Things to consider when taking our pets out for activities
during the hot days of summer.
- Wellness (basic health considerations) during activities and hot days.
- Timing: Be especially aware of the heat and sun exposure when the sun is highest in the sky-from about 10-2. Try to avoid these times on hotter days, or take extra measures to combat the heat. Cooling bandanas/scarves are one option that can be worn around the neck to keep body temperatures down during peak hours.
- Shade – Just like us, our pets need to get out of the sun at times and cool down. Animals can also sunburn just like us. If you can’t find a spot to get out of the sun, be prepared with products that can be applied for sun screen/UV protection.
- Water – Have plenty around. If you’re thirsty, it’s likely your pets are too.
- Clean, healthy, and if needed – groomed hair coat. Dirty and matted hair keeps the heat in. Flies can lay maggots around the skin and matted hair when dirt and feces accumulate.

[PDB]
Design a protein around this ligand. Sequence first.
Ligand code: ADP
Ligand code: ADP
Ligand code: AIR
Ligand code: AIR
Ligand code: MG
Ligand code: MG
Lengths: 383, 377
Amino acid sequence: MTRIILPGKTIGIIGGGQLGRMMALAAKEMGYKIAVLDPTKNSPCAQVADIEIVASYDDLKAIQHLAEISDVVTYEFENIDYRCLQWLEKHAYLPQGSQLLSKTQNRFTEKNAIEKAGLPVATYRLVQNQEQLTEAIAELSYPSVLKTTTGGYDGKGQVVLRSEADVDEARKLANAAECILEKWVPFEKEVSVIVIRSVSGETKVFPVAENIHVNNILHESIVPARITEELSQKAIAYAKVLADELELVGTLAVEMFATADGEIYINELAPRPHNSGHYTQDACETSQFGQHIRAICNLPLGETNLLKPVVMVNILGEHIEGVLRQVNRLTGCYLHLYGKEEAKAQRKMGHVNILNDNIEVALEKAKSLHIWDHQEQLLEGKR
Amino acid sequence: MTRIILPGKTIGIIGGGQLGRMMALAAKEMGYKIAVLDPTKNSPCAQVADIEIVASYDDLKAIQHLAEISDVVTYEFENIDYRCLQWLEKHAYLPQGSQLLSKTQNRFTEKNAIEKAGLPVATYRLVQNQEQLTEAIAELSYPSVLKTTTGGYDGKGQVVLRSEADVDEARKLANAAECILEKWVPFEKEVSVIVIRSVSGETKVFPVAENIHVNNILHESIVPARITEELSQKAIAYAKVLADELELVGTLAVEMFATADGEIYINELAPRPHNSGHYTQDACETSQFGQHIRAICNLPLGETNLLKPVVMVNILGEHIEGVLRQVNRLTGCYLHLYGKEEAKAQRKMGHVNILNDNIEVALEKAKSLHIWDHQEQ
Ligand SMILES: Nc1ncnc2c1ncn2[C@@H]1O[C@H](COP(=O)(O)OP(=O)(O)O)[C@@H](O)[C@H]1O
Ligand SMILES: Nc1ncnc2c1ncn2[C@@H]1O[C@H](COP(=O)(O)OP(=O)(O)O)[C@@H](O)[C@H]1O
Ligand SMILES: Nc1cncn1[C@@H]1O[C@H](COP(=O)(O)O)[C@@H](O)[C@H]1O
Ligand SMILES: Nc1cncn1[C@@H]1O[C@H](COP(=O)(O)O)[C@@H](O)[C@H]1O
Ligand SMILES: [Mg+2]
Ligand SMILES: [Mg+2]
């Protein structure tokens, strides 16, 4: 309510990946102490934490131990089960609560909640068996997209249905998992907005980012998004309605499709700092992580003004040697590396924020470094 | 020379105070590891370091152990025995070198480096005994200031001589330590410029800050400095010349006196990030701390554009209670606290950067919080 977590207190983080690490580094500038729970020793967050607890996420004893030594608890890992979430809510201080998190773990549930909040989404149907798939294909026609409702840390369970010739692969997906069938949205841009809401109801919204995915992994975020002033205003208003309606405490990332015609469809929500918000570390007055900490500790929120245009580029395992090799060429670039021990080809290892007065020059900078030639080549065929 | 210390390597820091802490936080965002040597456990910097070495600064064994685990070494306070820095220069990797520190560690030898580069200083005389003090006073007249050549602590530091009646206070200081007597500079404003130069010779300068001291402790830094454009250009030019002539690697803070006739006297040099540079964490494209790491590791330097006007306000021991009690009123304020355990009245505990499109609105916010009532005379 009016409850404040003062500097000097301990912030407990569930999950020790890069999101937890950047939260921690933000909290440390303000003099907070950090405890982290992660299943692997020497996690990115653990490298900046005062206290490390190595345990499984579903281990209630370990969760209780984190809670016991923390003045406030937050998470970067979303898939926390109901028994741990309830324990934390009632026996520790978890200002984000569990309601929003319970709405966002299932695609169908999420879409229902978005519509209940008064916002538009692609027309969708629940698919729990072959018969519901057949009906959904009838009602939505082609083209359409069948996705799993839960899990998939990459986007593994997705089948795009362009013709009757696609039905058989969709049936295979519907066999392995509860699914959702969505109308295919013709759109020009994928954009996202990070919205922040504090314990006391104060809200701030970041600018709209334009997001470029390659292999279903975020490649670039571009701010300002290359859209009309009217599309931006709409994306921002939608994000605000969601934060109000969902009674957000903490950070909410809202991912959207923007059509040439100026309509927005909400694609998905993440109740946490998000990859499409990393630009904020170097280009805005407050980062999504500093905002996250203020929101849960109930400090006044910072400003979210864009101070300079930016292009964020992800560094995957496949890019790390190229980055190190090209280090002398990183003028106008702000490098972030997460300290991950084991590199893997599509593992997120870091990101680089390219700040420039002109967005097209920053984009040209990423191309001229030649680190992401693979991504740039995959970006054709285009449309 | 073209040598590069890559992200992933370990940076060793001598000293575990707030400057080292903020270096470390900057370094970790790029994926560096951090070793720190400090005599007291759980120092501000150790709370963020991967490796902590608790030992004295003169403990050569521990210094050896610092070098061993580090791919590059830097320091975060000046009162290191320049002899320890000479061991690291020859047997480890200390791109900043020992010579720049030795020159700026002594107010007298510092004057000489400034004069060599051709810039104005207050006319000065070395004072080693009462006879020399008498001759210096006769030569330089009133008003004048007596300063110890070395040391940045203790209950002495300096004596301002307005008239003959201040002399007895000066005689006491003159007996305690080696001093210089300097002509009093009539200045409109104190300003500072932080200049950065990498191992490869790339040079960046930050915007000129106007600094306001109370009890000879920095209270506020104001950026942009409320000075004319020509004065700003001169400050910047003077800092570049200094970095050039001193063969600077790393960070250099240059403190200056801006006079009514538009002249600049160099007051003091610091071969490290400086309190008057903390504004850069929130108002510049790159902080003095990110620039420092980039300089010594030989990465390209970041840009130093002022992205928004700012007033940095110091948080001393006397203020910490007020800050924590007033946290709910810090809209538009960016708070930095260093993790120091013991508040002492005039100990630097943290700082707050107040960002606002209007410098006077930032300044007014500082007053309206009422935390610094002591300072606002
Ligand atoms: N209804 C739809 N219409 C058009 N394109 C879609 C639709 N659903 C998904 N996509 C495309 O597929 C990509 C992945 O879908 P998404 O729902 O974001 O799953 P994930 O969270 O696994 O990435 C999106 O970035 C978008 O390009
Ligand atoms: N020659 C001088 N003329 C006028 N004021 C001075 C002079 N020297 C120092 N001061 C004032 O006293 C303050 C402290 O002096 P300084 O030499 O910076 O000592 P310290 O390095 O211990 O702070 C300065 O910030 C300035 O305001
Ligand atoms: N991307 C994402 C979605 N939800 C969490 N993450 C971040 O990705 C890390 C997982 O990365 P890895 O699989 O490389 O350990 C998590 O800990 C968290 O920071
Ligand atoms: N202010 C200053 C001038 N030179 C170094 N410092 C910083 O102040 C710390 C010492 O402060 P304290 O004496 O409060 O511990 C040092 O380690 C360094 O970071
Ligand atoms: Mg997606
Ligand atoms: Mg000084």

- Rest – Some dogs just don’t know when to say NO! They won’t stop fetching-even when they get overheated, so give them rest in between activities. Remember, when we hike with our dogs, they tend to cover more area than us. Watch how they are moving and have them rest when needed.
- Outdoor Etiquette
- Walking our dogs is an enjoyable time for both dog and dog owner. Leashes give us control over our dog’s walk, and in most public areas are required. Sometimes our dogs are all over the place with the retractable leash. Be aware when walking that others are close by.
- Feces pick up. Keep the area clean and have bags handy to pick up with. Some walk ways at certain points have bag dispenser’s and collection containers.
- Travel/New Surroundings
- We all know it can get hot in a car when the windows are up. Even partially open is just not enough. Never leave your dog in a car during hot, or even warm days-it heats up more quickly than you think.
- Motion sickness. Motion sickness medication and sedatives can be your and your dog’s best friend. Cleaning up vomit or seeing your dog in distress is not fun. Consult with your veterinarian before travel to see what would be the best. Give ½ to 1 hour a head of traveling. Some medications are also available to help our pets deal with noise aversion-which can be helpful in new surroundings, or around crowds/loud noises.
- Be sure to have your pets properly identified and microchipped-it’s easy for them to get spooked in strange or unfamiliar places, and it’s best to take all precautions against a lost pet.